* Hot water can sometimes be good to get into -

Occasionally, a new radiator or heater*hose will be difficult to install. The inside diameter of the hose seems to be just a bit too tight for the outlet/fitting it's supposed to slip into. And sometimes, those outlets/fittings are made of relatively fragile (or brittle) aluminum or plastic - so the application of brute strength can lead to expensive damage. One trick you can use to loosen things up a little is to heat up some tap water on the stove, then stick the balky end of the hose in the hot water for a moment or so. This will make the rubber more pliable - and should make the hose easier to slip onto its fitting.

* Vaseline is a great extra pair of hands -

There are some repair/maintenance jobs where a part has to be held in place while you try to reinstall another part - for example, those little check balls inside an automatic transmission's valve body, or even the pan gasket - as you try to maneuver the pan into place without the gasket shifting. A little dab of Vaseline can hold whatever you're working on in place while you button things up. And unlike RTV rubberized gasket maker (which you can't or shouldn't use in certain situations anyhow) the Vaseline is not permanent and will just melt away once the vehicle is put back into service. A little dab of Vaseline on your index finger can also help guide a nut or other fastener onto a hard to reach stud and allow you to begin threading it - without it slipping off your finger/stud a dozen times before you manage to get it started.

* Paper towels are good for more than just cleaning up -

Spark plugs should always be started by hand to avoid cross-threading them (which can lead to a major hassle and potentially big expense if you do). But it's sometimes hard to get the spark plug to sit snug in the socket; and once you upend the tool, the spark plug wants to fall out - making it very hard to delicately aim it at the hole and get it started properly onto its threads.

There are spark plug-specific sockets that have a little rubber "doughnut" inside of them designed to hold the plug's insulator in place - but you may not have one of these. If you don't, just tear off a small bit of paper towel and wrap it around the ceramic insulator to snug up the plug in the socket so it won't wobble around or fall off as you thread it into its hole. Once the plug is installed, just pull off the socket and the piece of paper towel should come off with it. (If it doesn't, just fish it out with tweezers or a "grab" tool.)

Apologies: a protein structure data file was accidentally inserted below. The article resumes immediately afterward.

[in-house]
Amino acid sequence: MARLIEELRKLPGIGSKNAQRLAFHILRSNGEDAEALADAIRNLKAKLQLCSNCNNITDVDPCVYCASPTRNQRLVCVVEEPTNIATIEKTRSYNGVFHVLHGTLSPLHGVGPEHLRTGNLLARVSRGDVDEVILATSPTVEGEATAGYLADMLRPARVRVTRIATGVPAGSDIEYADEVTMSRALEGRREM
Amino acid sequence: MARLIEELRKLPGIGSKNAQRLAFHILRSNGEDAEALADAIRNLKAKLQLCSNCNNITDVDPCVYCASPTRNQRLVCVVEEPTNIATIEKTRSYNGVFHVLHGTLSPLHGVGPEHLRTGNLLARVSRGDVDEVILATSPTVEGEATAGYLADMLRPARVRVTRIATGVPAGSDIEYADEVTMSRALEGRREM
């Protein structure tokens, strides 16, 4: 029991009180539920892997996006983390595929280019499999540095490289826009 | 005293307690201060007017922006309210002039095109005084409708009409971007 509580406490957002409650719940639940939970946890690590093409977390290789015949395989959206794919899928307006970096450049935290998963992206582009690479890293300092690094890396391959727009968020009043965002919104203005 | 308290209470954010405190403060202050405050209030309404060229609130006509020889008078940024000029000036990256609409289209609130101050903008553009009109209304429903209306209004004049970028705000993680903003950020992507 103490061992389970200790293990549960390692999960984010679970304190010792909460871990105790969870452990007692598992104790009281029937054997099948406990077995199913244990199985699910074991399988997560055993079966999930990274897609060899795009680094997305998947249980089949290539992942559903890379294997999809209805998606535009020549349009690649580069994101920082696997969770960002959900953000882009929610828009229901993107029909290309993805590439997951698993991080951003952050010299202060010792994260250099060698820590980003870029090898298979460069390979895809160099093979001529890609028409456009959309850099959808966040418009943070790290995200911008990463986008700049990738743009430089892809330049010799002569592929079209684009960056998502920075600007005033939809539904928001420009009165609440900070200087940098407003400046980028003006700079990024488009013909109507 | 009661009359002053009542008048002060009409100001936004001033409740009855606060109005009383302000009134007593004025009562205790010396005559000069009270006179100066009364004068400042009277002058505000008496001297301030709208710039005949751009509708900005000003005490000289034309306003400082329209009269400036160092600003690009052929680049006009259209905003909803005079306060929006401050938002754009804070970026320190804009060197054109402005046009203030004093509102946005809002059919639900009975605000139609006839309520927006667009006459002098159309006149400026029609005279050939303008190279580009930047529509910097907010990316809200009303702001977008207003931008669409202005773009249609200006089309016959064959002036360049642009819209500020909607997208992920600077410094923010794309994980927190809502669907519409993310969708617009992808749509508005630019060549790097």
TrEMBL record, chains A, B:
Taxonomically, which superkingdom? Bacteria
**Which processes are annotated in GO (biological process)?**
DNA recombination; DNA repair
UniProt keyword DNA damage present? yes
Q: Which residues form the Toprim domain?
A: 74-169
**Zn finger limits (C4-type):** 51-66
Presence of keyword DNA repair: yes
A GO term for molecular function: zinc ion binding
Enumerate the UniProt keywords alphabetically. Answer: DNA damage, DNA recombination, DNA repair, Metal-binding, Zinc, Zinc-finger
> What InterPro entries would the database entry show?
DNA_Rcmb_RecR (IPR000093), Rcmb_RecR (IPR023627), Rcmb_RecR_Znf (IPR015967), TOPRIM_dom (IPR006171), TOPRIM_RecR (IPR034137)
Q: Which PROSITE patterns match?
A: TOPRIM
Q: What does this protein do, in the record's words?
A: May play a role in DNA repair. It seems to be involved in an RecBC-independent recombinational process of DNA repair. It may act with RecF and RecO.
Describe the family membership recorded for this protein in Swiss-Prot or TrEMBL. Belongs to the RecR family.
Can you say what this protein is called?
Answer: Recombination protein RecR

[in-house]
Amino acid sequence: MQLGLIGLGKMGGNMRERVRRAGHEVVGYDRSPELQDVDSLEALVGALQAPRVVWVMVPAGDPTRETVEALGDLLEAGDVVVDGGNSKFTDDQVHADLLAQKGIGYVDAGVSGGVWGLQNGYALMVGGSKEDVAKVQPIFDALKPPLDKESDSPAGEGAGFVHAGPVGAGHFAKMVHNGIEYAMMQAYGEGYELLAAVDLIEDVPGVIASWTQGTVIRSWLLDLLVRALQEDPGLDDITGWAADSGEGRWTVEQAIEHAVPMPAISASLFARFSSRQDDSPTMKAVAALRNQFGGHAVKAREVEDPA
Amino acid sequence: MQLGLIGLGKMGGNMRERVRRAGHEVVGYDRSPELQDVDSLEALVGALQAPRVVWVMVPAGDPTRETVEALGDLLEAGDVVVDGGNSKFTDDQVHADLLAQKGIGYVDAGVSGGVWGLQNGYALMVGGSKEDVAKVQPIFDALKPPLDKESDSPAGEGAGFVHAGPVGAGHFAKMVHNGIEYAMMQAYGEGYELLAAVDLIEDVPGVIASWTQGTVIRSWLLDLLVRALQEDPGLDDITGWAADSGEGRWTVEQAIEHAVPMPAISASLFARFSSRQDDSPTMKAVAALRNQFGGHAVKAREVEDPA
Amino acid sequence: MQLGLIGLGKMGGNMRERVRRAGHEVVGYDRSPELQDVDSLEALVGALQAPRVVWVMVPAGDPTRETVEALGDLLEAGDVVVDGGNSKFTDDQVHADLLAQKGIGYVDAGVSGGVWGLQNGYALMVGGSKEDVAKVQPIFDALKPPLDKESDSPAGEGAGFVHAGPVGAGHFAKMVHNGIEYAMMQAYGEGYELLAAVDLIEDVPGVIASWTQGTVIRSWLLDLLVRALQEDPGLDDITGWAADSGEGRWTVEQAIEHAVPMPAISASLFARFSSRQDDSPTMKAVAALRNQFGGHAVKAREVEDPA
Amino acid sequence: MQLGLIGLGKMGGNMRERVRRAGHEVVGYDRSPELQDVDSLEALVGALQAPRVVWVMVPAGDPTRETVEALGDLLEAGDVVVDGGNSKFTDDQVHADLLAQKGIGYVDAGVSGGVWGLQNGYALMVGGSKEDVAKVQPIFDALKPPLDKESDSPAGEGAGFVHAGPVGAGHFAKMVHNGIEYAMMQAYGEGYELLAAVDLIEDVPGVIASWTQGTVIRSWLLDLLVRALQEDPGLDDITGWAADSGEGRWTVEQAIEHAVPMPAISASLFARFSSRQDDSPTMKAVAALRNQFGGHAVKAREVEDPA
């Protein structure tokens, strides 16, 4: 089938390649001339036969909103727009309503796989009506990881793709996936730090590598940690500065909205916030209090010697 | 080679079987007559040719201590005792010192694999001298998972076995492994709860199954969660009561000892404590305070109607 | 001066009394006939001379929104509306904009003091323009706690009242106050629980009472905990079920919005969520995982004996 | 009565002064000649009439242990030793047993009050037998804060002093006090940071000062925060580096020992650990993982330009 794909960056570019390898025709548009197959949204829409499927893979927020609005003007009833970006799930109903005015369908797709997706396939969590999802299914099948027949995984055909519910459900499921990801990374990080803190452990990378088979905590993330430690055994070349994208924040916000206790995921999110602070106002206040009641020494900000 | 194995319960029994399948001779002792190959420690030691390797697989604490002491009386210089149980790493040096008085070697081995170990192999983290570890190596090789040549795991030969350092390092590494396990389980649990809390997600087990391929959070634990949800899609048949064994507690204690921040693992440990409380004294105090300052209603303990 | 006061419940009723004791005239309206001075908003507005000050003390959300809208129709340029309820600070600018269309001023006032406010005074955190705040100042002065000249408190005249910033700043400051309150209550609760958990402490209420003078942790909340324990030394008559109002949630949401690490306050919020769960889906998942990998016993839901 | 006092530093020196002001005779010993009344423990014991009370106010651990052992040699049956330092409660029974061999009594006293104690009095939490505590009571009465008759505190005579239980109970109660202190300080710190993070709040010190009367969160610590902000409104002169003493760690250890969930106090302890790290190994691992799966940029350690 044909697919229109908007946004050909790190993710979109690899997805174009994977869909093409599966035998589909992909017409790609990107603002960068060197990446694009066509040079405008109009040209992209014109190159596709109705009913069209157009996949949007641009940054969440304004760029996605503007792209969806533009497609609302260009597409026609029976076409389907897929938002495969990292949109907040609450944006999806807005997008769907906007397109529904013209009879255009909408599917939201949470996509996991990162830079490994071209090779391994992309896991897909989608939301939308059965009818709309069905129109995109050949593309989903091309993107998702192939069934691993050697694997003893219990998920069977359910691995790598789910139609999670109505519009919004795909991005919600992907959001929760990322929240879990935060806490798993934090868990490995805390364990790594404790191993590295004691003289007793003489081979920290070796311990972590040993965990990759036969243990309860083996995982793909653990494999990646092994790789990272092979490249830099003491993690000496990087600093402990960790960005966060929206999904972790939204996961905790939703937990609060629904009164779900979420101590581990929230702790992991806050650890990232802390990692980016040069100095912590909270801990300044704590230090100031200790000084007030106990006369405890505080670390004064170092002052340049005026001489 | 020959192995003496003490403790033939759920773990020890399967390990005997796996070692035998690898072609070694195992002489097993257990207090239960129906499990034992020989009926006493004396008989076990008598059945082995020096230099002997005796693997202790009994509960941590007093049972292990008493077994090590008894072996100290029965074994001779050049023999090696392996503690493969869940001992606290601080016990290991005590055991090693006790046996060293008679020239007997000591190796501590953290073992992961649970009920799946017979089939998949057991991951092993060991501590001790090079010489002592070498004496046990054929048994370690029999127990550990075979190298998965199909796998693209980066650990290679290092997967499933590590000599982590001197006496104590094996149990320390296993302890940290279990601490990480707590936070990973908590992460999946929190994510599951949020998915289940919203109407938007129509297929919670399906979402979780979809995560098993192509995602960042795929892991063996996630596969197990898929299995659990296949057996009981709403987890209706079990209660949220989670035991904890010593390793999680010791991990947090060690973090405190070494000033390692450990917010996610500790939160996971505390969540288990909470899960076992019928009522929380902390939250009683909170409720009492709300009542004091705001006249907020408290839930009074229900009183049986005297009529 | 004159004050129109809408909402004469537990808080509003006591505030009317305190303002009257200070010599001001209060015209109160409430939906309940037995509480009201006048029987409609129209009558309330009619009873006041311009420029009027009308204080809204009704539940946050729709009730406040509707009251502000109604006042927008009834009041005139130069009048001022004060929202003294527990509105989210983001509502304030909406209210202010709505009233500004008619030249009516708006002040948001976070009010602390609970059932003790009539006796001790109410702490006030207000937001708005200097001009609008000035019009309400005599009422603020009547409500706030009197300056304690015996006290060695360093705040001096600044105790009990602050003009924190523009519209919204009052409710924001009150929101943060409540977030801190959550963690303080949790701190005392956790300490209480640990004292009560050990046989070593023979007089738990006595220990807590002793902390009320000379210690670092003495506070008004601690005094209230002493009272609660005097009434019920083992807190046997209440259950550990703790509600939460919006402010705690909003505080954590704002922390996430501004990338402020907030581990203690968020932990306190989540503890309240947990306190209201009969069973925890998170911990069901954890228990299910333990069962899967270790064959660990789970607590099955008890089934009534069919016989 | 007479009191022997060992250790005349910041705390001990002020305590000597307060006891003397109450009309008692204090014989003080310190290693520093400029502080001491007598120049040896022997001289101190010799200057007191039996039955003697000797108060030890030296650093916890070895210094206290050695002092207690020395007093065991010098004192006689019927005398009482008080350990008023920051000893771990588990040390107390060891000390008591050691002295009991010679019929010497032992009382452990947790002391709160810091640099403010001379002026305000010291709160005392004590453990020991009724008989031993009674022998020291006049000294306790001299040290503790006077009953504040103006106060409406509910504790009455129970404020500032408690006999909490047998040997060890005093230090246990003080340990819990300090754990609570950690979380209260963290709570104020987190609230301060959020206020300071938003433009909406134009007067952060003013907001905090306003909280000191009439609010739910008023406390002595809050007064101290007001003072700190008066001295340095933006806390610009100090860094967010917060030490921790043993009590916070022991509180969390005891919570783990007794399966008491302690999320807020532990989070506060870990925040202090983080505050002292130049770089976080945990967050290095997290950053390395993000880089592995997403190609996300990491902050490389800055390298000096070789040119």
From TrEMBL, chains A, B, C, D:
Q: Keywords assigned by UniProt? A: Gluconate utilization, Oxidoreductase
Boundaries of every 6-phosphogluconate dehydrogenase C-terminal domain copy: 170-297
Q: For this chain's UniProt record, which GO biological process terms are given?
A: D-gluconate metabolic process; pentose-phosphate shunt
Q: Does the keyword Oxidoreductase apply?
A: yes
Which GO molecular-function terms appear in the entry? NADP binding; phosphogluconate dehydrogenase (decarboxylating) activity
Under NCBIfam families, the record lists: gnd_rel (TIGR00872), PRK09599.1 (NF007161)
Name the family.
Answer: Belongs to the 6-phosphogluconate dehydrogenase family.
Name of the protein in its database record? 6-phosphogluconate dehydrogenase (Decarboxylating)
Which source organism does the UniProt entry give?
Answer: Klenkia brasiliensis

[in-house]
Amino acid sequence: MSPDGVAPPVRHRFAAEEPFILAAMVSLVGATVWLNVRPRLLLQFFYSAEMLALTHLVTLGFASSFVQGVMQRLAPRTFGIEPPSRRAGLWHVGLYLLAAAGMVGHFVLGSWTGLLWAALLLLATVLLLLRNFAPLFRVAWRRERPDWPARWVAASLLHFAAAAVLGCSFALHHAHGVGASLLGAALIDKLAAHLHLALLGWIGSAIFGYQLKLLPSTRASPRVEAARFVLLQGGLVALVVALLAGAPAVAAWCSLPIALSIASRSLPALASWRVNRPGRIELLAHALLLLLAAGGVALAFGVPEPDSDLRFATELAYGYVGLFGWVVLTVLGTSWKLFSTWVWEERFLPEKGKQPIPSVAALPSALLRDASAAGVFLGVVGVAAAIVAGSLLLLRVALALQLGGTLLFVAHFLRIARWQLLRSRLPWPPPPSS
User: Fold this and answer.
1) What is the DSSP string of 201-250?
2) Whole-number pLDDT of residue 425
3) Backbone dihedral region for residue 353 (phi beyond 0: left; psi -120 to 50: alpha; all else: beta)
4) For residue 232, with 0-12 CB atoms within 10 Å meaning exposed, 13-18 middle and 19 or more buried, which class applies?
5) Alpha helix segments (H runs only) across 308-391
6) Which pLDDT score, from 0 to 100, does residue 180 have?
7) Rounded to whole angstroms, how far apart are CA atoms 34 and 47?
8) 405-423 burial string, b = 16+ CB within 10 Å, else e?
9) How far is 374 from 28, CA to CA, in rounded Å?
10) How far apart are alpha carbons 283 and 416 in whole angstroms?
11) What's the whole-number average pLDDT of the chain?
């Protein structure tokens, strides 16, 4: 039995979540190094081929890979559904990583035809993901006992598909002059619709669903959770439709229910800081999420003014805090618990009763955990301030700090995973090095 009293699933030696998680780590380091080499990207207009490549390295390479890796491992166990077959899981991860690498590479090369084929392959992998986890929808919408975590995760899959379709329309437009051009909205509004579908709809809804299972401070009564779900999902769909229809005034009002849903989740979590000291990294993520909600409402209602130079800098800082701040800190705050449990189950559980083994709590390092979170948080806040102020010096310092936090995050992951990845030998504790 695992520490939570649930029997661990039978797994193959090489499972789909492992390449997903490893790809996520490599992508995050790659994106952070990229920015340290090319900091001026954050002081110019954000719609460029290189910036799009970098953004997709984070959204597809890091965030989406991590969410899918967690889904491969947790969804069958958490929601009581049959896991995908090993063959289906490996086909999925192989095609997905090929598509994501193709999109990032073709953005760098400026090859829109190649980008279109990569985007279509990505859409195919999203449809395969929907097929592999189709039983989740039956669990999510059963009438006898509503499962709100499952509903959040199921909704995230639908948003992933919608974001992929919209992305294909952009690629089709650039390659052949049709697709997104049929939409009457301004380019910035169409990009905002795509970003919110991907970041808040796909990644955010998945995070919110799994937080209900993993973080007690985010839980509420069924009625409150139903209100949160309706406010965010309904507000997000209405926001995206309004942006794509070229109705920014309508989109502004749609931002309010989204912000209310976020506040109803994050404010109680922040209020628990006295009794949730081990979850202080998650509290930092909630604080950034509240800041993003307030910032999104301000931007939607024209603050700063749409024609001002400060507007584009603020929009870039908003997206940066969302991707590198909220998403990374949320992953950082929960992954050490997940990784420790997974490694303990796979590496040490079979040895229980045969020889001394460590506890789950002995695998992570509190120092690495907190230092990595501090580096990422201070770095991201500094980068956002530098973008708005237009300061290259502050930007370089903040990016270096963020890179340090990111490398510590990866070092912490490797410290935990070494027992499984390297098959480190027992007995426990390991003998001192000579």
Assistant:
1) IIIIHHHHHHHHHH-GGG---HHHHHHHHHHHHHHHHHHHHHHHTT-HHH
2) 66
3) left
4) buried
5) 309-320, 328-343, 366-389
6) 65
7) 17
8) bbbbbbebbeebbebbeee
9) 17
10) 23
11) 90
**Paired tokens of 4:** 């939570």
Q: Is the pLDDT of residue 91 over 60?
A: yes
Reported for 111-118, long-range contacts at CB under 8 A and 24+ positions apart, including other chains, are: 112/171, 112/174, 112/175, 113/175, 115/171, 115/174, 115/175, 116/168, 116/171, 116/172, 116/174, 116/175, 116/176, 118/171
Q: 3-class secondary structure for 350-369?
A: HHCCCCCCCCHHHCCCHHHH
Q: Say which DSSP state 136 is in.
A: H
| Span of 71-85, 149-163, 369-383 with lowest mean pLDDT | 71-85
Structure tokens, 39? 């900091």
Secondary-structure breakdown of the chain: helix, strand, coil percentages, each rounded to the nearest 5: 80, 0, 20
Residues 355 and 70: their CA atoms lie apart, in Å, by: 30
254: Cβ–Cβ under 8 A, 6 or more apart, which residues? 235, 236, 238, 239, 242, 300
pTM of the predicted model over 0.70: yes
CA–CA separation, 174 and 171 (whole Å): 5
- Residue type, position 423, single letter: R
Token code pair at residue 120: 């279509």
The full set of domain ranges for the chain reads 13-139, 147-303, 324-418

* Avoiding DIY oil change messes -

One of the downsides of do-it-yourself oil changes is the mess in the driveway that often comes with them - especially if the car being worked on has an oil filter that's mounted sideways on the engine.

There are two handy tricks to keep side-mounted oil filters from gushing oil everywhere: First, of course, the crankcase should be thoroughly drained by removing the oil pan drain bolt and allowing as much of the oil to come out as will come out. (Be sure to loosen the oil fill plug on top of the engine to facilitate draining.) To deal with the filter, use your filter wrench to loosen it just enough so that you can turn it out the rest of the way by hand. Now remove the tool and put a sturdy plastic bag over the filter - such as a Ziplock freezer storage bag - and turn it out the rest of the way. The bag should catch most of the oil as the filter comes off. (Caution: Be sure the filter is cool enough to touch with your bare hand before putting on the plastic bag or hot oil might melt the plastic.)

If you have one of those filters that is extremely hard to reach, another way to deal with the mess is to move a catch pan under the filter, then use a punch to make a hole in the side of the filter, allowing the oil inside to drain before you remove the filter. Just be careful not to beat on the filter too much; you don't want to deform the thing - or damage the mounting boss (often made of relatively fragile aluminum) it attaches to.

* Let time be your ally -

Probably the most important tip of all is to take your time with whatever you're working on. A rushed job is much more likely to be a botched job. If you get hung up on something, stop - and think about it awhile. Read the repair manual - and if that doesn't help, ask someone for help. Whatever you do, resist the temptation to forge ahead and "git r done" even when you don't really know what you're doing.